Table of Contents

Research Handbook on EU Criminal Law

Research Handbook on EU Criminal Law

Research Handbooks in European Law series

Edited by Valsamis Mitsilegas, Maria Bergström and Theodore Konstadinides

EU criminal law is one of the fastest evolving, but also challenging, policy areas and fields of law. This Handbook provides a comprehensive and advanced analysis of EU criminal law as a structurally and constitutionally unique policy area and field of research. With contributions from leading experts, focusing on their respective fields of research, the book is preoccupied with defining cross-border or ‘Euro-crimes’, while allowing Member States to sanction criminal behaviour through mutual cooperation. It contains a web of institutions, agencies, and external liaisons, which ensure the protection of EU citizens from serious crime, while protecting the fundamental rights of suspects and criminals.

Chapter 26: EU anti-terrorist sanctions

Iain Cameron

Subjects: law - academic, criminal law and justice, european law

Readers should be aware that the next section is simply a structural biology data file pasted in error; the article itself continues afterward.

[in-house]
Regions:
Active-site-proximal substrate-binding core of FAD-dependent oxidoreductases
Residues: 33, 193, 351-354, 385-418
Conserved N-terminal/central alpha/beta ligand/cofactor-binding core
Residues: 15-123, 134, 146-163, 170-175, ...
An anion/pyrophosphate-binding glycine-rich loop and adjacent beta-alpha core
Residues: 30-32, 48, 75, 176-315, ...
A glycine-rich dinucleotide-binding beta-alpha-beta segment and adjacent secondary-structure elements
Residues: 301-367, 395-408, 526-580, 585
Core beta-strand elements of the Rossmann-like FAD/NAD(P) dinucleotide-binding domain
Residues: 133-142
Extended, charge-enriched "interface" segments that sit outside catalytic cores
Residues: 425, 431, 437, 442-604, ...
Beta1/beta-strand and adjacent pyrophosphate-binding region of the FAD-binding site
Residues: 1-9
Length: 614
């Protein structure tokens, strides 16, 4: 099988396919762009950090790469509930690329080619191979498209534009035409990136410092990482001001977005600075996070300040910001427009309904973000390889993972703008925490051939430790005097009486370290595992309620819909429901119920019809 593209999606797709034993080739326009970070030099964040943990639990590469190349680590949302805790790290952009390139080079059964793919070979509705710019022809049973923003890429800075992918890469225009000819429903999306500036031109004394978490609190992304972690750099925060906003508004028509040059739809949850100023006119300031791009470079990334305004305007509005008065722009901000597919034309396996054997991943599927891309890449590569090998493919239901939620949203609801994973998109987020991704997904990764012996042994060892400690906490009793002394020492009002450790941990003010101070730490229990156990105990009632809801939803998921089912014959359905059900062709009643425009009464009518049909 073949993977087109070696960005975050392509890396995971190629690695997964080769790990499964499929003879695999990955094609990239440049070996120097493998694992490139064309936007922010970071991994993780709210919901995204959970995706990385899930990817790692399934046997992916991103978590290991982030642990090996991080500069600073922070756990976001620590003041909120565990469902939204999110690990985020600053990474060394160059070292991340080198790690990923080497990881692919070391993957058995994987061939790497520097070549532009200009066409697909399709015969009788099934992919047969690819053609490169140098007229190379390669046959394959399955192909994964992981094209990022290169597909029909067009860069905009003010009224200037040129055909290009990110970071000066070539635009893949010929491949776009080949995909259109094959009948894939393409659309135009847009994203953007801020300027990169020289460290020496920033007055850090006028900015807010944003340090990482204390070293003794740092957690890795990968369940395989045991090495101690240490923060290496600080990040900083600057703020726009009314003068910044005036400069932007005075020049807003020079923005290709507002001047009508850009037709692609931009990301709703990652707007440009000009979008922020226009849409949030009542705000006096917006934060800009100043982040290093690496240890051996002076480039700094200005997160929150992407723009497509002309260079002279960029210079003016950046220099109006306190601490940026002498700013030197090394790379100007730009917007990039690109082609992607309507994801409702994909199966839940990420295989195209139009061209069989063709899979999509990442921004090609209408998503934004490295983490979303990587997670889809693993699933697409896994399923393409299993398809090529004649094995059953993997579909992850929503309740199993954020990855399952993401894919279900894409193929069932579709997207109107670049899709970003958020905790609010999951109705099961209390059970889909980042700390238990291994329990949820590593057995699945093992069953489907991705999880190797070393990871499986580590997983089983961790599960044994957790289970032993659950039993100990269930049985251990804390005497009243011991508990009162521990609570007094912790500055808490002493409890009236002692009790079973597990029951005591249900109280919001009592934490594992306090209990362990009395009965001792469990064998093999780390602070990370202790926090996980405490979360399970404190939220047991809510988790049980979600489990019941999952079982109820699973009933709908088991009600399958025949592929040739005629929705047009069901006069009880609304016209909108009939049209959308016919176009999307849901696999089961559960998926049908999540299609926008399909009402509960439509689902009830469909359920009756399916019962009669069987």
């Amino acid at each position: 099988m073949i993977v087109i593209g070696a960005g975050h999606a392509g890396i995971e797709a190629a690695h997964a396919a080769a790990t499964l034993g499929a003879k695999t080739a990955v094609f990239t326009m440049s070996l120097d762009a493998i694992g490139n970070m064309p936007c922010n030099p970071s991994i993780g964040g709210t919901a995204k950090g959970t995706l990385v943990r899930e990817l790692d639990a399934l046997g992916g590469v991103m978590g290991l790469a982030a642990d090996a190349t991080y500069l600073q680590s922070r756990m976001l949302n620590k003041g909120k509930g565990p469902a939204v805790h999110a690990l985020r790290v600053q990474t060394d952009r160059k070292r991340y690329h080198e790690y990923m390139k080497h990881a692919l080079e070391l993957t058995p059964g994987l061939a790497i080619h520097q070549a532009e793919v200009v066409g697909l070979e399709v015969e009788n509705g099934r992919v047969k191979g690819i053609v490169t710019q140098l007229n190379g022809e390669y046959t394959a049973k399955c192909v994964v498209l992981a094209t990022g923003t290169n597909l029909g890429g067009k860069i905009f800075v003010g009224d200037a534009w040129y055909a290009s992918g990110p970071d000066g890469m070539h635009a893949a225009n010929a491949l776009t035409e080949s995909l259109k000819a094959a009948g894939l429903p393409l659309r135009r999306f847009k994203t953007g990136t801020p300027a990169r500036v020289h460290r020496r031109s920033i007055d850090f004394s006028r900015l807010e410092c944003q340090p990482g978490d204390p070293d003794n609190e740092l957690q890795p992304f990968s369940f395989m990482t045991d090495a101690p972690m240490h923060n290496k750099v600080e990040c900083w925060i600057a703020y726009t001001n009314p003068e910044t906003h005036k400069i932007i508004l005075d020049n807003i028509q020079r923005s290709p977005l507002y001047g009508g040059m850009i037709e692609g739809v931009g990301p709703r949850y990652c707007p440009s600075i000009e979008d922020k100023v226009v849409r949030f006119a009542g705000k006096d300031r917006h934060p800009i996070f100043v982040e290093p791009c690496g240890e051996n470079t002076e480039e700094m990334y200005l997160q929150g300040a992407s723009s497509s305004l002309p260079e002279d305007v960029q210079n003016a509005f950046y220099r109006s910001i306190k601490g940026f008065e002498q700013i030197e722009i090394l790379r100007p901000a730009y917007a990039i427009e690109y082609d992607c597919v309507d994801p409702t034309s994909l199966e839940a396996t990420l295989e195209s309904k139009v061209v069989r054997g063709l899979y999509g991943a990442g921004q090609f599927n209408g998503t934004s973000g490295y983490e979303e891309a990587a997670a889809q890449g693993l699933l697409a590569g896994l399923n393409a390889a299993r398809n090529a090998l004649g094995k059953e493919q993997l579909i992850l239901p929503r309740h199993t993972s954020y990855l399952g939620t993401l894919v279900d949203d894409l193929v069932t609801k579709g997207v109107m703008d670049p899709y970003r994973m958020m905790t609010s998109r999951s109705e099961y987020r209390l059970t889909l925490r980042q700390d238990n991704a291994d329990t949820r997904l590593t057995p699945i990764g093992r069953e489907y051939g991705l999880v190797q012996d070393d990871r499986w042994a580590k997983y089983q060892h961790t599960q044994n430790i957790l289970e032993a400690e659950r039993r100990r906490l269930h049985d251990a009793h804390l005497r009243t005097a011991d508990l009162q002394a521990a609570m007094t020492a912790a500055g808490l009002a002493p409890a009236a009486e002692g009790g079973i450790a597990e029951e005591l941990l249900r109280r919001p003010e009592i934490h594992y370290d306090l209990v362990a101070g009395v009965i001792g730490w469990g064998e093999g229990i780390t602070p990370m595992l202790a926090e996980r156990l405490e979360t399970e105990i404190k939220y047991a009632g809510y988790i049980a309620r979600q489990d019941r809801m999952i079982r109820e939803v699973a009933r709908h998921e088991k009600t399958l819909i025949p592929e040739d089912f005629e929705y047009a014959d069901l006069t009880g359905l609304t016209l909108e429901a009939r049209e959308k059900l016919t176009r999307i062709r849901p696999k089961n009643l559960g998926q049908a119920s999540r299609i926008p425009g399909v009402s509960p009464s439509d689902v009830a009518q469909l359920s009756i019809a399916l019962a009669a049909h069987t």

This chapter looks at what in common parlance are called ‘EU sanctions’ but which are referred to in the Treaty on the Functioning of the European Union (TFEU) as ‘restrictive measures’. The European Union implements United Nations Security Council (UNSC) targeted sanctions, as well as having its own, ‘autonomous’, sanctions. The EU’s use of autonomous sanctions has developed gradually, as its role as a world economic power has expanded. However, these two types of sanctions are intimately linked in a variety of different ways. In particular, EU sanctions methods have followed the practice of the UNSC, which is why I deal briefly with the latter in the introduction. The scope, limits and the safeguards surrounding EU sanctions are being constantly refined through case law. Thus, a useful way to treat the subject is to follow a broad chronological approach. The subject is complex because it involves looking at different branches of law, procedural law, constitutional law/human rights and criminal law. It also involves overlapping, and at times colliding, legal systems: the EU legal order, the legal order of the European Convention on Human Rights (ECHR), binding on all EU Member States, national legal orders and public international law. In a short chapter of this nature, it is not possible to go into every issue of interest. Instead, I have tried (as is the purpose of a Handbook) to give a practical, and critical, introduction to the subject.

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